Before the UK returned Hong Kong to Chinese rule in 1997, the CCP promised to allow the region political autonomy for 50 years. It has since arrested critics, closed newspapers, and jeopardized Hong Kong’s financial hub status. As Andreas Steno Larsen warned on Twitter, this is the country that dominates the raw materials supply chain for electric cars.
China is the most important producer of rare earths, a crucial component of electric motors. Although it is not as relevant in mining copper, nickel, cobalt, or lithium, all these minerals go to China to be processed. The country developed this manufacturing infrastructure because Chinese cities had a massive public health problem with ICE cars in regions with more than 30 million inhabitants. I have no idea if that advantage was developed with geopolitical intentions, but the fact is that it can be used that way, especially when batteries become more necessary than today.
That is what the Inflation Reduction Act intends to change by incentivizing electric cars made in the U.S. with local components. World Trade Organization (WTO) threats will probably make no difference for the American government when what is at stake is to avoid depending on the CCP. That involves more than developing the skills and industrial infrastructure necessary to produce the batteries that electric cars need. It also relies on creating a relevant market for these vehicles, which explains why the Inflation Reduction Act focuses on more affordable automobiles.
From the same OP link:
In a connected world, it is a fantasy to believe a given country or continent will be able to manufacture everything it needs. However, it is possible to choose where you will buy these things and who will sell them to you. You may need natural gas, but you’d better buy it from Norway, Algeria, or countries that do not intend to invade others. You may also need raw materials for batteries, but buying them from the government that suffocated Hong Kong, wants to do the same with Taiwan, and holds the Uyghurs in concentration camps in Xinjiang does not feel wise.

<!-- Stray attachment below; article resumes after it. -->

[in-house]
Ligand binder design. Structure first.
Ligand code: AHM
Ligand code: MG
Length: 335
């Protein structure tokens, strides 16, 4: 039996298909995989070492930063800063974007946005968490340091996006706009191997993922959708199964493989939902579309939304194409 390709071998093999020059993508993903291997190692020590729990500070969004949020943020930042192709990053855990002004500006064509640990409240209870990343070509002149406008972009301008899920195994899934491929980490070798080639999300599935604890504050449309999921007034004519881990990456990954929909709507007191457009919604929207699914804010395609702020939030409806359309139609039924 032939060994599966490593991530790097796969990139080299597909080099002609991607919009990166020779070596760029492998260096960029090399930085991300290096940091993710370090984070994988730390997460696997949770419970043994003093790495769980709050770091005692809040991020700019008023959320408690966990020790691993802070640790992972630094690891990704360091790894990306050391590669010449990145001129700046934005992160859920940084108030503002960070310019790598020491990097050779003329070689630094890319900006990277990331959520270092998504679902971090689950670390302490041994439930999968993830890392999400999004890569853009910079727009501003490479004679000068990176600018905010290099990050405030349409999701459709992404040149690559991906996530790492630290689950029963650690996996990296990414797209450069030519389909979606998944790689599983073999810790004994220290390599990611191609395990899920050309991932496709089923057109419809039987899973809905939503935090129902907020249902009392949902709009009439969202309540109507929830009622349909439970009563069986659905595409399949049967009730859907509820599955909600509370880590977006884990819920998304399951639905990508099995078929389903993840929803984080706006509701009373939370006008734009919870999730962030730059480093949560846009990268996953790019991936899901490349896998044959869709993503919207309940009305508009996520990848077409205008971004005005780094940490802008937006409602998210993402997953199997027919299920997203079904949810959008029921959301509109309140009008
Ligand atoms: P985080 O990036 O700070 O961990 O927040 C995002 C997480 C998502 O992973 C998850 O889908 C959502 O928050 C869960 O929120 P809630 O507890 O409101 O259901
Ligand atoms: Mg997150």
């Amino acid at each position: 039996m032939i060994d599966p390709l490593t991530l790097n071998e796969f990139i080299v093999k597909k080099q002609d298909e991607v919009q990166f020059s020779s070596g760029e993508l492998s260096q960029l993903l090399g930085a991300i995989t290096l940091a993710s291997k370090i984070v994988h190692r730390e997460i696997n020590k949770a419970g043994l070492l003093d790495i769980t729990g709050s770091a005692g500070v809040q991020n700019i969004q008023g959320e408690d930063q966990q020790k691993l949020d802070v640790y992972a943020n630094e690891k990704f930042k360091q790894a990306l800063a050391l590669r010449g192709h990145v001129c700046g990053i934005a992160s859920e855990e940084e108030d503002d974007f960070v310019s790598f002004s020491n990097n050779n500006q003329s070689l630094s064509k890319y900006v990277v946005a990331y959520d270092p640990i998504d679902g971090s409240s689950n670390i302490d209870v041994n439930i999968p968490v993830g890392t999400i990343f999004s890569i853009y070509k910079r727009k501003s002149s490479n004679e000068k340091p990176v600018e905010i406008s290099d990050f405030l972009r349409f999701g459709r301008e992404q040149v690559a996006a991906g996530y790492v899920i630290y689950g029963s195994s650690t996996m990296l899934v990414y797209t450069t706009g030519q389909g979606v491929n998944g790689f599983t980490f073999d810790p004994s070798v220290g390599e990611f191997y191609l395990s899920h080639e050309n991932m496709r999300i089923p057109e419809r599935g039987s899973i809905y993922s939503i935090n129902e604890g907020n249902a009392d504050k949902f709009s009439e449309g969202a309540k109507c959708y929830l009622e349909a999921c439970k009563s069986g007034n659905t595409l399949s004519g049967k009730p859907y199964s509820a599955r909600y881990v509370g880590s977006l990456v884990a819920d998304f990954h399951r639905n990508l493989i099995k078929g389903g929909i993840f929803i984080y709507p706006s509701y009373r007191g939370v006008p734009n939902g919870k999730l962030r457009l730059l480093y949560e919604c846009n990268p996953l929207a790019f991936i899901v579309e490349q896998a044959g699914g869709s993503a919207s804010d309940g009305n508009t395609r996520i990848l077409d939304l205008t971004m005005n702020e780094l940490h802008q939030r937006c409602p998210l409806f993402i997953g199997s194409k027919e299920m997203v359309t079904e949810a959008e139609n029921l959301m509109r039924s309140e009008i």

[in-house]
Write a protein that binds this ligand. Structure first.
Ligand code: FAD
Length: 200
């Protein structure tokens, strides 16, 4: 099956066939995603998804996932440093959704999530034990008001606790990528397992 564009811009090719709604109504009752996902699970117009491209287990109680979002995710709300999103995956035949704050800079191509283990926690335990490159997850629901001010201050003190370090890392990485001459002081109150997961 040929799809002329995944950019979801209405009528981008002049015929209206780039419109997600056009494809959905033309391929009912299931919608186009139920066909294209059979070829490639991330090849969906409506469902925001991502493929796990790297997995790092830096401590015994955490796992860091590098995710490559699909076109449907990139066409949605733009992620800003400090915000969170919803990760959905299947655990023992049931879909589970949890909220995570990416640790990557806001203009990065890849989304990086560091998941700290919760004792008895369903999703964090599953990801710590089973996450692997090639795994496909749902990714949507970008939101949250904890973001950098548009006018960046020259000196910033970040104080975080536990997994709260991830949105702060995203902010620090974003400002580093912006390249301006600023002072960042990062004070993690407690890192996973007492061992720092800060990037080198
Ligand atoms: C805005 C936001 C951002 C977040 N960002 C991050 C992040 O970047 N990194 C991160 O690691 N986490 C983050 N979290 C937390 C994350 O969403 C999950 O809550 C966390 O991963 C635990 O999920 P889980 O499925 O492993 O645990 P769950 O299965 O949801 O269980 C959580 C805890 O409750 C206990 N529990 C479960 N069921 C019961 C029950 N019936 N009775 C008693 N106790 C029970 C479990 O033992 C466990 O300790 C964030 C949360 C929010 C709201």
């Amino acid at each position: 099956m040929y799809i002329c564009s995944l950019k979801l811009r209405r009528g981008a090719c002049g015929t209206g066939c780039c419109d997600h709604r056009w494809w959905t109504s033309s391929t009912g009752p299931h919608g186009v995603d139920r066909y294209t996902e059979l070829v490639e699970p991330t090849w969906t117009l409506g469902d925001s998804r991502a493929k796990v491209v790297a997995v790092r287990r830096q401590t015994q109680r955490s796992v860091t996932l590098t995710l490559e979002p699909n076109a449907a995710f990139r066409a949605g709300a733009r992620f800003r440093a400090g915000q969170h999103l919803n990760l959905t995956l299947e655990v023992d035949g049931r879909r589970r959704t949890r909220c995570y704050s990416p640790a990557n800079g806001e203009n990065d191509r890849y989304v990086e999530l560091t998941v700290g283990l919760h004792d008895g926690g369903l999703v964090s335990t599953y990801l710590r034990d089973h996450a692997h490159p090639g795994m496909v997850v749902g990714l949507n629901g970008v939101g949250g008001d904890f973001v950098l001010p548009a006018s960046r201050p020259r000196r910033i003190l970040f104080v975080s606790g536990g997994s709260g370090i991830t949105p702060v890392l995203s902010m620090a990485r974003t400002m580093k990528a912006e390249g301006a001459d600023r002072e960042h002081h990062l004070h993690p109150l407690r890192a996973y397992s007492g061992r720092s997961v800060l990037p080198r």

Suppose China decides not to sell raw materials abroad anymore. What will carmakers do? Where will they get the cells they need worldwide? What about the brands committing to selling 100% of electric cars by 2030 or even earlier? Remember how many people carmakers employ worldwide (directly and indirectly). Now calculate how much power a country concentrating raw materials for cell production has in a world that only buys battery electric cars.
That does not mean that we should stick with combustion engines. Fossil fuels have a limited reserve, combustion engines turn most chemical energy into heat and fumes, and electric motors are unbeatable in energy efficiency and emission-free when operating. Transport will be electric, and that is unavoidable. What is still up to debate is the pace to get there, the means to achieve this goal (batteries, [fuel cells] or a mix of both), and which partners will help us get there. Ruling out dictatorships is a no-brainer: we do not have to repeat Germany’s mistake with energy when it comes to electric cars, do we?